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Dot Dot Dot

Start a dot.com . . . twiddle your thumbs . . . the money rolls in--there's a hell of a lot left out of <i>that </i>story.

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This story appears in the April 2000 issue of Entrepreneur. Subscribe »

It seems so simple. Buy a $100 Web-authoring program, pay a few more bucks for a domain name and space to put up your site, then watch out--you are on the fast track to a cool billion dollars . . . or at least a couple million. It happened at Amazon.com, eToys, Autobytel, and more e-businesses than you could click a mouse at. Except it's not that easy. "I'd say 75 percent of Web sites are inadequate; they won't succeed," says Janet Asteroff, director of e-business services with The Concours Group, a Kingwood, Texas-based e-business consulting company.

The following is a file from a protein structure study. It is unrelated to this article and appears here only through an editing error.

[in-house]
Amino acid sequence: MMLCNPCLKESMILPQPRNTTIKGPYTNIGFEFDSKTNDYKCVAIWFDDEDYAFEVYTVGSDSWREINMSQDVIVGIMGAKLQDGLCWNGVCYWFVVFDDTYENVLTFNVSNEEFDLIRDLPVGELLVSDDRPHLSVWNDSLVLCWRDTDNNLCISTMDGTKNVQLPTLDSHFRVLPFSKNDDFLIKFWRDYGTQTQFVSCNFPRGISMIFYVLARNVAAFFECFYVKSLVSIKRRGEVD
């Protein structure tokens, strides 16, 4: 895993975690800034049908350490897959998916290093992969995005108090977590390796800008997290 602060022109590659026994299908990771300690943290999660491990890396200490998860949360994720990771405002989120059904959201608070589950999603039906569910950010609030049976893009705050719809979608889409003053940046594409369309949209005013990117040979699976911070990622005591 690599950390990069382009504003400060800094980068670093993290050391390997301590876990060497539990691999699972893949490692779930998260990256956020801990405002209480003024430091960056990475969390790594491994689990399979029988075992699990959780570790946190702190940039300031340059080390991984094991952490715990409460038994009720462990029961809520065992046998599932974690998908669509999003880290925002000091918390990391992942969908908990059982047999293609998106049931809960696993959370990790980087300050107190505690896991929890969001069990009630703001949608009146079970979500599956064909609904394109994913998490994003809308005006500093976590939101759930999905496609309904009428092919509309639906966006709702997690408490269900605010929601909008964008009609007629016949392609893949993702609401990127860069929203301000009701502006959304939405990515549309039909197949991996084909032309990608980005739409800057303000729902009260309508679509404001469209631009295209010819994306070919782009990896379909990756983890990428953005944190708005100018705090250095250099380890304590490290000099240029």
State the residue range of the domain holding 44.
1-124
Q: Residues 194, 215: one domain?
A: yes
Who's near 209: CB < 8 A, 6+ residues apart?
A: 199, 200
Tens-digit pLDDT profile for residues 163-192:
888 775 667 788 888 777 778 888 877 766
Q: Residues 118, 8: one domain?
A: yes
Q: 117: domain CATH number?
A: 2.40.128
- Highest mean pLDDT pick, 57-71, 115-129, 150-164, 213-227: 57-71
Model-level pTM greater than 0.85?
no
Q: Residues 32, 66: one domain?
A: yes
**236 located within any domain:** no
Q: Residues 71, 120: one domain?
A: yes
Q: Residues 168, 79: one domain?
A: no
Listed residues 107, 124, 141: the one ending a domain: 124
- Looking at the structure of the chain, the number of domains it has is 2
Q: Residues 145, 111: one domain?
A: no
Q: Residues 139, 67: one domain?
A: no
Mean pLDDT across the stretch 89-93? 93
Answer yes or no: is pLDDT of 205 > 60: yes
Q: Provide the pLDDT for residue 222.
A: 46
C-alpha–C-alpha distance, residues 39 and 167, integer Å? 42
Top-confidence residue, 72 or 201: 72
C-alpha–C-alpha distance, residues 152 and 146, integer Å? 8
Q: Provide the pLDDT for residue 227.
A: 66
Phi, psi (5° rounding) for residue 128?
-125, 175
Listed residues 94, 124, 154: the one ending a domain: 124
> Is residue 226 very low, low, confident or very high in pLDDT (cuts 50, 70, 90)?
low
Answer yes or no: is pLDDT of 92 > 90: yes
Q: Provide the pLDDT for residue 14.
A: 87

Too pessimistic? Not according to some experts. "At least 70 percent of Web sites are just up there and don't do much at all," says Wally Bock, a Wilmington, North Carolina, e-commerce consultant.

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